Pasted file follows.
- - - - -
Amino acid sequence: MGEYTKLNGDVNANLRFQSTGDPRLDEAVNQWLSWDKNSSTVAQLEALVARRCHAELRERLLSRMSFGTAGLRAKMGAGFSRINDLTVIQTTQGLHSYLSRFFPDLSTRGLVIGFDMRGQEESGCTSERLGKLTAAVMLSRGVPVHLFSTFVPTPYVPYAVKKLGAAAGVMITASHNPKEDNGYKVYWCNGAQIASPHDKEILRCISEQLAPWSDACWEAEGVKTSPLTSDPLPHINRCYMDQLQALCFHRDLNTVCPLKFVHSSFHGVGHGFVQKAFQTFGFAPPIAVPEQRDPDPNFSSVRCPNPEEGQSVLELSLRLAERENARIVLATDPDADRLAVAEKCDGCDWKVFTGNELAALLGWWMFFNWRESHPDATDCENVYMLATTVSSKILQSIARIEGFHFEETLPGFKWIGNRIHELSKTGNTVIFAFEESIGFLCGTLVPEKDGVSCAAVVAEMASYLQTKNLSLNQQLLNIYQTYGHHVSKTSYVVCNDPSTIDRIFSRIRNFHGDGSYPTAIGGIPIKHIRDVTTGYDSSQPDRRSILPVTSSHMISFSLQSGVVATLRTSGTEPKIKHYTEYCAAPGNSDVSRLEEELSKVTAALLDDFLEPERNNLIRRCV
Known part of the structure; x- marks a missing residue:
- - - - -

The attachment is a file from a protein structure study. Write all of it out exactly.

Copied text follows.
Amino acid sequence: MGEYTKLNGDVNANLRFQSTGDPRLDEAVNQWLSWDKNSSTVAQLEALVARRCHAELRERLLSRMSFGTAGLRAKMGAGFSRINDLTVIQTTQGLHSYLSRFFPDLSTRGLVIGFDMRGQEESGCTSERLGKLTAAVMLSRGVPVHLFSTFVPTPYVPYAVKKLGAAAGVMITASHNPKEDNGYKVYWCNGAQIASPHDKEILRCISEQLAPWSDACWEAEGVKTSPLTSDPLPHINRCYMDQLQALCFHRDLNTVCPLKFVHSSFHGVGHGFVQKAFQTFGFAPPIAVPEQRDPDPNFSSVRCPNPEEGQSVLELSLRLAERENARIVLATDPDADRLAVAEKCDGCDWKVFTGNELAALLGWWMFFNWRESHPDATDCENVYMLATTVSSKILQSIARIEGFHFEETLPGFKWIGNRIHELSKTGNTVIFAFEESIGFLCGTLVPEKDGVSCAAVVAEMASYLQTKNLSLNQQLLNIYQTYGHHVSKTSYVVCNDPSTIDRIFSRIRNFHGDGSYPTAIGGIPIKHIRDVTTGYDSSQPDRRSILPVTSSHMISFSLQSGVVATLRTSGTEPKIKHYTEYCAAPGNSDVSRLEEELSKVTAALLDDFLEPERNNLIRRCV
Known part of the structure; x- marks a missing residue: